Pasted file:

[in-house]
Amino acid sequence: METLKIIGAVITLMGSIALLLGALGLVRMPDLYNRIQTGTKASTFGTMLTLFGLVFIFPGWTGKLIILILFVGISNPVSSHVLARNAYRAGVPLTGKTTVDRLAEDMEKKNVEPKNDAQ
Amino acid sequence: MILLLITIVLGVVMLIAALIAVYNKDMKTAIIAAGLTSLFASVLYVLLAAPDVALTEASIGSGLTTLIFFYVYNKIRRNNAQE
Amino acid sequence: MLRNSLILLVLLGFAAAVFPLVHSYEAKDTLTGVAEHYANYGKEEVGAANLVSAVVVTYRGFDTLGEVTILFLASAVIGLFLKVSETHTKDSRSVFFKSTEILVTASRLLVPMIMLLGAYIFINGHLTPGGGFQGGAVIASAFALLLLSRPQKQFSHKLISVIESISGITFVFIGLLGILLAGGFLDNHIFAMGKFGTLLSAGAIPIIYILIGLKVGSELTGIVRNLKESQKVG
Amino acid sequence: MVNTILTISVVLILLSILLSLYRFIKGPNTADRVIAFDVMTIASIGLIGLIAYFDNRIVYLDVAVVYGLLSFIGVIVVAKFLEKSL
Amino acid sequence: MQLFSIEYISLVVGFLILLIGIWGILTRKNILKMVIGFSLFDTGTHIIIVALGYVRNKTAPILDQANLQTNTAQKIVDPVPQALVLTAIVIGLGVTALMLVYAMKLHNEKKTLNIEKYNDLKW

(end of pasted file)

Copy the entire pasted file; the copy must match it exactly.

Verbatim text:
[in-house]
Amino acid sequence: METLKIIGAVITLMGSIALLLGALGLVRMPDLYNRIQTGTKASTFGTMLTLFGLVFIFPGWTGKLIILILFVGISNPVSSHVLARNAYRAGVPLTGKTTVDRLAEDMEKKNVEPKNDAQ
Amino acid sequence: MILLLITIVLGVVMLIAALIAVYNKDMKTAIIAAGLTSLFASVLYVLLAAPDVALTEASIGSGLTTLIFFYVYNKIRRNNAQE
Amino acid sequence: MLRNSLILLVLLGFAAAVFPLVHSYEAKDTLTGVAEHYANYGKEEVGAANLVSAVVVTYRGFDTLGEVTILFLASAVIGLFLKVSETHTKDSRSVFFKSTEILVTASRLLVPMIMLLGAYIFINGHLTPGGGFQGGAVIASAFALLLLSRPQKQFSHKLISVIESISGITFVFIGLLGILLAGGFLDNHIFAMGKFGTLLSAGAIPIIYILIGLKVGSELTGIVRNLKESQKVG
Amino acid sequence: MVNTILTISVVLILLSILLSLYRFIKGPNTADRVIAFDVMTIASIGLIGLIAYFDNRIVYLDVAVVYGLLSFIGVIVVAKFLEKSL
Amino acid sequence: MQLFSIEYISLVVGFLILLIGIWGILTRKNILKMVIGFSLFDTGTHIIIVALGYVRNKTAPILDQANLQTNTAQKIVDPVPQALVLTAIVIGLGVTALMLVYAMKLHNEKKTLNIEKYNDLKW